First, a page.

AOL’s MapQuest Inks UI Deal With Mapbox As It Prepares To Overhaul The Product


AOL, which is in the process of getting acquired by Verizon for $4.4 billion, says it has no plans to divest itself of its content operations (which include TechCrunch) as part of that deal. But it’s not leaving them on autopilot, either. We’ve confirmed there are plans to overhaul MapQuest, its mapping business, later this year.

Part of that includes a deal with developer mapping platform startup Mapbox, which will provide new rendering for MapQuest’s maps.

We were tipped off to changes because of a tweet claiming AOL would be shutting down MapQuest’s internal mapping capabilities and switching to Mapbox. Then, just earlier today, the Washington Post ran a feature on MapQuest that also noted an upcoming overhaul of the product. We understand this product refresh is likely to launch this fall.

While we have yet to nail down a lot of the details of how the overhauled MapQuest will look, here’s what we know so far:…

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Three Reasons Your Term Sheet May Fall Through


Editor’s note: Jonathan Friedman is a partner at LionBird, an early-stage fund investing in digital health, commerce and enterprise software. He blogs at Venture Capital Point of View.

So you’ve made it past all the VC grilling and received a termsheet. Congratulations! But don’t celebrate just yet. Term sheets are non-binding, and even though they should signify a VC has conviction in investing in you and is ready to move towards closing, they fallthrough more often than most founders may expect.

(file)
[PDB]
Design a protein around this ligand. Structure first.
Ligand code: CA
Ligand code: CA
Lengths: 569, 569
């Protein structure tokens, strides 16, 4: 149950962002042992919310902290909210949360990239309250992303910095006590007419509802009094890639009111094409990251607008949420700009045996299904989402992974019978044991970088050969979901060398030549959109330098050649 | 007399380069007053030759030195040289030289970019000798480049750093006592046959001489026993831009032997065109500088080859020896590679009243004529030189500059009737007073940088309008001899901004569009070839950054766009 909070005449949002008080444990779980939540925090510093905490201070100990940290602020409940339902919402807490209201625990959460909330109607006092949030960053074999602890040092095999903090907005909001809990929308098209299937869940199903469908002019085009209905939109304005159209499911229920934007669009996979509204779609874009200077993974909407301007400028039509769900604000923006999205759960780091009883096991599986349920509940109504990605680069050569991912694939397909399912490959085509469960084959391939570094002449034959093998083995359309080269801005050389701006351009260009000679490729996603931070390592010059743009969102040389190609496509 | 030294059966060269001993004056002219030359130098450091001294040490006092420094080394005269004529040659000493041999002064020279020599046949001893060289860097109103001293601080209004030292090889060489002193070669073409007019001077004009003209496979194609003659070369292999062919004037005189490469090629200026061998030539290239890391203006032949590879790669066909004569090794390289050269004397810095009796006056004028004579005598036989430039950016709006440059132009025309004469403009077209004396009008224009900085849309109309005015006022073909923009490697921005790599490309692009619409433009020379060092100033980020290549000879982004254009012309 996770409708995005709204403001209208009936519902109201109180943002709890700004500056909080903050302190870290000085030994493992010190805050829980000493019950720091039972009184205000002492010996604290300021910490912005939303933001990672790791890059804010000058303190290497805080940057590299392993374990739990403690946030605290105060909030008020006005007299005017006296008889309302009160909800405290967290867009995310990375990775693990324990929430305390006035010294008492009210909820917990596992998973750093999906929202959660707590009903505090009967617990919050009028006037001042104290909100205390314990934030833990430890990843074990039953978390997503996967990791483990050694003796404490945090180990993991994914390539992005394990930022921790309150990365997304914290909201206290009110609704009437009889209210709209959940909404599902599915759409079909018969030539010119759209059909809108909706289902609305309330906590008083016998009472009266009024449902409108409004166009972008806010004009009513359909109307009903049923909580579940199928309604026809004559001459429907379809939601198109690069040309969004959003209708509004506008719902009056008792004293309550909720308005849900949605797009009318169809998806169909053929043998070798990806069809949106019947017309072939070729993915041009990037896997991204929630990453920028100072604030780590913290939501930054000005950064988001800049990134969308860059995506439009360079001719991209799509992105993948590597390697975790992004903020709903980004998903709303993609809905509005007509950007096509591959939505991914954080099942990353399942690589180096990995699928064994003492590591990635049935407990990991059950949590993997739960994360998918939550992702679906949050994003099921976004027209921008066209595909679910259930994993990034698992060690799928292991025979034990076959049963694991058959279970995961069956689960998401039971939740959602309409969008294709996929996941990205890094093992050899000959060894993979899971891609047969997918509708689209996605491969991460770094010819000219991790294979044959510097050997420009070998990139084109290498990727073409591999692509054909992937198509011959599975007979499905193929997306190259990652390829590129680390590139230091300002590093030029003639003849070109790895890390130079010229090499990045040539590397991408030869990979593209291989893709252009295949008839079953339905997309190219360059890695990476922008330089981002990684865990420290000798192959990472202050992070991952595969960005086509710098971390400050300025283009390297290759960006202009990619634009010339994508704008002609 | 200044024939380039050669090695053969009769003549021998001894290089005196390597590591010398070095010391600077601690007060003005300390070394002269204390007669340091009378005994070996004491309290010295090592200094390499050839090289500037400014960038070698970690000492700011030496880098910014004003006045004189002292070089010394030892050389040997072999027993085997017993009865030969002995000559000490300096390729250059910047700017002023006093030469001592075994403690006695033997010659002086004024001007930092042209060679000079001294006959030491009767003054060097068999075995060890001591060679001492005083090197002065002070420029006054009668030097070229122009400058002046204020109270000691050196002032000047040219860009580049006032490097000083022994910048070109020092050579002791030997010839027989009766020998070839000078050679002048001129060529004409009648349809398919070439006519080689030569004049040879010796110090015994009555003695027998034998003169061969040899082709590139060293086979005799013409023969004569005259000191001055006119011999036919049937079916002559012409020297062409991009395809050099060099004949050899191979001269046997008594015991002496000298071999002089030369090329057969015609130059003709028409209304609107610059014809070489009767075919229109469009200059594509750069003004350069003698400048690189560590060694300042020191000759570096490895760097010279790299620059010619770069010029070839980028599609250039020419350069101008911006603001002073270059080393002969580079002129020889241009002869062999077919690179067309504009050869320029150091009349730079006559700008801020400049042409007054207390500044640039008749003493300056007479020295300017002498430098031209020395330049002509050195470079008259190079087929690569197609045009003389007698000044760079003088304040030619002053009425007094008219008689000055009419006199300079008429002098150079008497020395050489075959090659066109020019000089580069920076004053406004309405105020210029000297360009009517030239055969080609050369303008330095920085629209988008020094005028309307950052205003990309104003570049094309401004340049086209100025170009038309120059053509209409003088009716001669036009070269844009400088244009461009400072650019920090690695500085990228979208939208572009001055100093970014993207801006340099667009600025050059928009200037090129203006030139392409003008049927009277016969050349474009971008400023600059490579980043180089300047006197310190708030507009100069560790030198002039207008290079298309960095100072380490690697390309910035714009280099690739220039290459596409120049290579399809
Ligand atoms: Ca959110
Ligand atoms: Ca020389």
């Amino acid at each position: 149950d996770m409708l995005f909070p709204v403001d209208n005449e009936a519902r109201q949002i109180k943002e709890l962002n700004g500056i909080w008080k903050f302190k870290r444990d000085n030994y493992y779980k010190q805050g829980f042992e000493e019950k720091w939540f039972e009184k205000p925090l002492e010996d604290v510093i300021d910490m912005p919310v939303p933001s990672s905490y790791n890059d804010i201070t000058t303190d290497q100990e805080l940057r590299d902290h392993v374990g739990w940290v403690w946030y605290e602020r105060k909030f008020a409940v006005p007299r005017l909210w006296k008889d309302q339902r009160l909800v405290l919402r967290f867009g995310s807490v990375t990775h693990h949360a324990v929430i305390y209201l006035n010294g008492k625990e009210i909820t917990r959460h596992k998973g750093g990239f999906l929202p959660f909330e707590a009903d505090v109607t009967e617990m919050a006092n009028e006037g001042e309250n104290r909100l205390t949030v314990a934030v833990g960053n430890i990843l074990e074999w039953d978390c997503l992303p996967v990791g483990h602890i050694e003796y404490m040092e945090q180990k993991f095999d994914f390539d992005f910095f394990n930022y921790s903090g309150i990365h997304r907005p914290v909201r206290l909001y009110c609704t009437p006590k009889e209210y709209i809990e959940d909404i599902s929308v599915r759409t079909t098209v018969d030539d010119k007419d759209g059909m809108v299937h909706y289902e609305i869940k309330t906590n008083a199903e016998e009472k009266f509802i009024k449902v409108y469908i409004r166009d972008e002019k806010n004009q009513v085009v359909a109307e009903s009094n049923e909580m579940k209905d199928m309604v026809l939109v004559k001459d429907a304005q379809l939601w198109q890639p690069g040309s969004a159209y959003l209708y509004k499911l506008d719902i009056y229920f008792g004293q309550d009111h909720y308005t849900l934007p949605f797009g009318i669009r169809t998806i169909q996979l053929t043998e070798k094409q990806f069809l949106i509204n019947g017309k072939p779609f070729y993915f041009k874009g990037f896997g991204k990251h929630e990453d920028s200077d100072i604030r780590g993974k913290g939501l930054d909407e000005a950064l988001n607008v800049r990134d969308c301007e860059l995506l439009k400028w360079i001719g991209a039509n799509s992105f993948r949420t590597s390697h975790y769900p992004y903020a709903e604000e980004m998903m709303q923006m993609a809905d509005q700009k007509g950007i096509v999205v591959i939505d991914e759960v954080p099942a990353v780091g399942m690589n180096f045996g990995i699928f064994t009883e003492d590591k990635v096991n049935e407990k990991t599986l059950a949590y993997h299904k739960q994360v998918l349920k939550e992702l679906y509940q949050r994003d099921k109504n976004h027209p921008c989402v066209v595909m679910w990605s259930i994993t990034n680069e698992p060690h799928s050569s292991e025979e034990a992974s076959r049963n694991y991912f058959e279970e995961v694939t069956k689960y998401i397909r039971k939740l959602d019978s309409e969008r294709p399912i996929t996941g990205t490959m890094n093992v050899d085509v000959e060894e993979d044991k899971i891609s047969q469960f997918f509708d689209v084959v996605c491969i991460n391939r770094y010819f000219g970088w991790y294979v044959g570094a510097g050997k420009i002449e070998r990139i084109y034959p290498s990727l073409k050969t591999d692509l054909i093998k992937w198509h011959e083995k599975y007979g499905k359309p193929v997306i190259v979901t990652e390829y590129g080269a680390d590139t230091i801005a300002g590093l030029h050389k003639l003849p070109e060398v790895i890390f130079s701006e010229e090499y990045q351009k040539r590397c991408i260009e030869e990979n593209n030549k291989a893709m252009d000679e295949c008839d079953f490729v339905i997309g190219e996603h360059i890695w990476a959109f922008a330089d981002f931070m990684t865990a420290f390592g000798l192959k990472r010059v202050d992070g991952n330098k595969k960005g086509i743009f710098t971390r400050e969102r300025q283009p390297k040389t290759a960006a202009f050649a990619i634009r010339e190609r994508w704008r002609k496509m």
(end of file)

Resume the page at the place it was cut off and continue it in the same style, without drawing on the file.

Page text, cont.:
Here are the three most common reasons why receiving a termsheetmay not result in an investment by a VC and what you can do about it.

The Rushed Term Sheet

Ideally, before offering term sheets, VCs should already have examined the business side of intended investments from all angles. For example, at LionBird, we review opportunities before moving to termsheet stage…

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The CHIP Is A $9 Computer That Can Almost Do It All


If you need a computer about the size of a credit card, look no further. The CHIP is a $9 single-board computer that runs Linux and can do just about anything you want it to… including play Quake.

The board includes Wi-Fi and Bluetooth as well as optional ports for VGA and HDMI monitors. On board you’ll find a 1GHz processor, 512 RAM, and 4GB of storage. You can install a light version of Debian and you can even plug it into something called the PocketCHIP that adds a touchscreen and keyboard to the mix in a package about as big as the original Game Boy.


Why do you need this thing? Well, first off it’s pretty cool. A $9 computer – $19 with the VGA adapter and $24 with the HDMI adapter – is a wonderful feat. Like the Raspberry Pi, the medium is the message. Now that we…

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Books to help you answer big questions about yourself


Why in the world did I do that? How can I do better? Chances are you’ve asked yourself these questions at least once today. To understand how your mind works and how you can improve your decision-making, explore these six psychology and behavioral economics books, each one recommended by a TED Talks speaker.

Why did I do that?

“Edward L. Deci is a legend in the study of motivation, and the 1996 book Why We Do What We Do offers a nice early introduction to his work.” — business writer Dan Pink (TED Talk: The puzzle of motivation). See more of Dan Pink’s favorite books.

What should I do to be happier?

“In his book, Give and Take, Wharton professor Adam M Grant shows how giving at work can lead to greater happiness and success.” — positive psychologist advocate Shawn Achor (TED Talk: The happy secret to…

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